However, think about it's uses in siege weaponry. Even if it were to only partially replace or reinforce the wooden parts, a catapult (and like devices such as the trebuchet) could be made to be easier to move which means faster aiming, stronger, which means more distance or higher payloads, and if done right, faster to construct.

It would also be used in buildings and vehicles, even if those vehicles are just carts.

Shipwrights would love this stuff! To be able to have steel-like strength without the problems.

I don't now if you are considering canons, but being made of this material would really please your admirals and even cavalry. Lightweight artillery is very important in ships and when you have to haul your cannon around with horses. Being lighter weight, they would be more easily taken through muddy fields and other problematic terrain. Remember that most weapons spend more time being transported than being fired.

I'm not sure much would be left for the common man. To be honest, the best use in weapons are stabbing weapons like a dagger, arrowheads (and yes, arrows can fly perfectly well with a light head), and spearheads.

In the medieval times, there was very little metal that we would call steel. The technology of the times used bloomery furnaces which required a lot of work to produce steel good enough for a sword. This is one of the reasons that most people didn't use swords, despite all the books and movies to the contrary.

• Why do you think that a light quarterstaff is better than a heavy? – pipe Jul 5 '18 at 8:09
• @pipe i think the idea is to have a steel quarterstaff instead of a wooden one. you could combine regular steel and light-weight steel to achieve the same weight and balance, but it would be significantly sturdier – ArtificialSoul Jul 5 '18 at 8:33
• Yes. I use an aluminum quarterstaff to practice by myself. It's heavier than any wooden staff I have. As for weight, a quarterstaff is mostly a weapon that works by speed, with some damage depending on mass. – NomadMaker Jul 5 '18 at 14:48
• If nothing else, you could cap both ends of the staff with the ubersteel, making them do more damage but without too much of a weight increase – Korthalion Jul 6 '18 at 10:52
• Good answer. As for the first sentence (of this new material being lighter than wood): density of 0.78g/cm^3 is about the same as some of the denser woods, but denser than most. That doesn't invalidate anything you said, it makes some of them even more relevant if you compare it to the woods used for the construction of some of the items you mention. I'd recommend looking at this list to compare densities of different woods (and maybe link it in your answer to give more credibility to the claim) – Alexandre Aubrey Jul 6 '18 at 19:55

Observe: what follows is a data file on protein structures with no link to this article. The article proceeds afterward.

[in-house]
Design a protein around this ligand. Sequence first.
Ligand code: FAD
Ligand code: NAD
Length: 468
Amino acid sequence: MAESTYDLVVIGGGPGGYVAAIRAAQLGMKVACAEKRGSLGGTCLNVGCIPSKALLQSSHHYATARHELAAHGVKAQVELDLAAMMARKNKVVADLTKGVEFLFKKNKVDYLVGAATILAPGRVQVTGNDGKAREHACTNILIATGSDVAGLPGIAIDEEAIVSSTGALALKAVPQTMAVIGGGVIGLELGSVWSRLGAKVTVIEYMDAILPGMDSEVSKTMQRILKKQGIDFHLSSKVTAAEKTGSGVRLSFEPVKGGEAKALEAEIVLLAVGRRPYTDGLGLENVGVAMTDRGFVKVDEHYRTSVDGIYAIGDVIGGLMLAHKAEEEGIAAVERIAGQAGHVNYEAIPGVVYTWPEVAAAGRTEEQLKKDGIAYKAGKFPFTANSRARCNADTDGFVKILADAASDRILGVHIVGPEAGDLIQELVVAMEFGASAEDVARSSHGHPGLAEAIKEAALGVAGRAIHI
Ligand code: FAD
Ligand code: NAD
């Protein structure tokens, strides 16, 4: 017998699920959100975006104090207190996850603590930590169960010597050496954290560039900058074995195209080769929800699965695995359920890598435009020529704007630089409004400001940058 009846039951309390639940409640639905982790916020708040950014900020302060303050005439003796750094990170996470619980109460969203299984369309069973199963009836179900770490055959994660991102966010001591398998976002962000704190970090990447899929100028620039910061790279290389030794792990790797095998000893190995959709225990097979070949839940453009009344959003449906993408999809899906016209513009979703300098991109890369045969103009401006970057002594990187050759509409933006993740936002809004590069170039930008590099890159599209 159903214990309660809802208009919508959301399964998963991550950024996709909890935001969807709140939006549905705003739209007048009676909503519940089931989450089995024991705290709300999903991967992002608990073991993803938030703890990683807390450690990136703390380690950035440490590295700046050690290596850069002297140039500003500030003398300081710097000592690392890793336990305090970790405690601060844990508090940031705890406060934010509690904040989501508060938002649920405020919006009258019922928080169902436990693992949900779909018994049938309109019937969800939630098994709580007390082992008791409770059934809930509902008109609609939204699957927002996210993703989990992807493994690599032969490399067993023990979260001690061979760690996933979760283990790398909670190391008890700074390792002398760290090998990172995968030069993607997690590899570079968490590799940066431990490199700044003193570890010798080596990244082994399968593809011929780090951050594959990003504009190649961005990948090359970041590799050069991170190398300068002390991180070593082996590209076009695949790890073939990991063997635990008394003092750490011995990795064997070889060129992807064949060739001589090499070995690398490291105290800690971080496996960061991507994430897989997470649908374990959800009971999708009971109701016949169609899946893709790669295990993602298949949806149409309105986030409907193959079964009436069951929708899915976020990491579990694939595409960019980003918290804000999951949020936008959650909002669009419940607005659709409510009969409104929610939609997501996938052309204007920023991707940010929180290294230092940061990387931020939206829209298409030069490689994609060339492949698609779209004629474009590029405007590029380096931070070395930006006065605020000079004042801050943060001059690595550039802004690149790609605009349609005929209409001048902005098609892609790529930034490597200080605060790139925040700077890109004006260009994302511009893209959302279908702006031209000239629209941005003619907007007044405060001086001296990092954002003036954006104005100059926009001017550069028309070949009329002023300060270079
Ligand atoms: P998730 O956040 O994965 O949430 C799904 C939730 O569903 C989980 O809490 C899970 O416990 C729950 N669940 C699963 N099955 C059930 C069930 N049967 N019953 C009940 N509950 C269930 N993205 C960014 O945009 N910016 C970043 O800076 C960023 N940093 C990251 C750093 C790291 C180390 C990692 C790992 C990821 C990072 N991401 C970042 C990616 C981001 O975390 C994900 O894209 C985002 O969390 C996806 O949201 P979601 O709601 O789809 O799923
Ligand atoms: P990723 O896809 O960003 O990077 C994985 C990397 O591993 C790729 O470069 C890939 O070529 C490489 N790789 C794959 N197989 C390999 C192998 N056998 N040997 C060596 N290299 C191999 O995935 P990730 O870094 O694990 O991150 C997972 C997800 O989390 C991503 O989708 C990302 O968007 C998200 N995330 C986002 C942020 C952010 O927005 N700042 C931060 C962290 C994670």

I'd say that you're probably right that daggers and shortswords would benefit from this material whereas axes, warhammers, maces and arrows would probably be better with heavier steel as they rely at least in part on the mass behind them.

Rapiers and other thrusting swords (like late medieval swords) would probably benefit, whereas hacking swords like scandinavian/viking swords and falcatas would probably be better in steel. Draw-cut swords might be better in a lighter material too as they rely less on weight to strike.

Spears would also benefit (if not thrown) because you could get better balance without the heavy spearhead. Or rather, you'd wouldn't need as heavy a counterweight on the back of the spear to balance the head, allowing you to move it around faster (lower polar moment of inertia).

Longswords would be an interesting case. Yes they rely somewhat on mass, but with a much lighter material you could probably make a verylongsword quite wieldy which is able to outreach an opponent, with techniques using more thrusts and draw-cuts. Not sure how it would affect parries and winding though.

Poleaxes would be interesting too, or any weapon that relies on leverage to improve its strike (like falxes). I'm not sure how that would play out. Yes you have less mass to accelerate, but as anyone who's seen a quarterstaff in action knows it's perfectly possible to get a nasty amount of force behind a strike from the haft alone.

• The spears, longswords and poleaxes you proposed are pretty interesting. I didn't think about using the light-weight material to increase the weapon size to still have roughly the same moment of inertia properties and thus increasing reach by a long shot. – ArtificialSoul Jul 4 '18 at 16:58
• Wikipedia says a Claymore weighs 2.2–2.8 kg (4.9–6.2 lb) with a total length of 120–140 cm (47–55 in). I suspect a 1/4 weight version would be used more like a rapier simply because that's where the weight and length end up – JollyJoker Jul 5 '18 at 7:15
• @JollyJoker Agreed. There's another weapon I was thinking it might end up like, which is sort of like a longsword, but not bladed and triangular in cross section with a very fine point. Damned if I can remember the name of it though. Knights used it as a cross between a longsword and a lance. That'd work well too and probably be close to what we're looking at. – Ynneadwraith Jul 5 '18 at 8:20
• @JollyJoker It's an estoc that I was after! – Ynneadwraith Jul 5 '18 at 8:46
• @Ynneadwraith Assuming cost is not a problem, thrusting weapons like the estoc made completely from metal would presumably be superior to spears and such with wooden shafts. – JollyJoker Jul 5 '18 at 10:20

You're right that it's actually a disadvantage to have slashing swords or crushing weapons like maces be light weight, they do less damage because they have less energy on impact.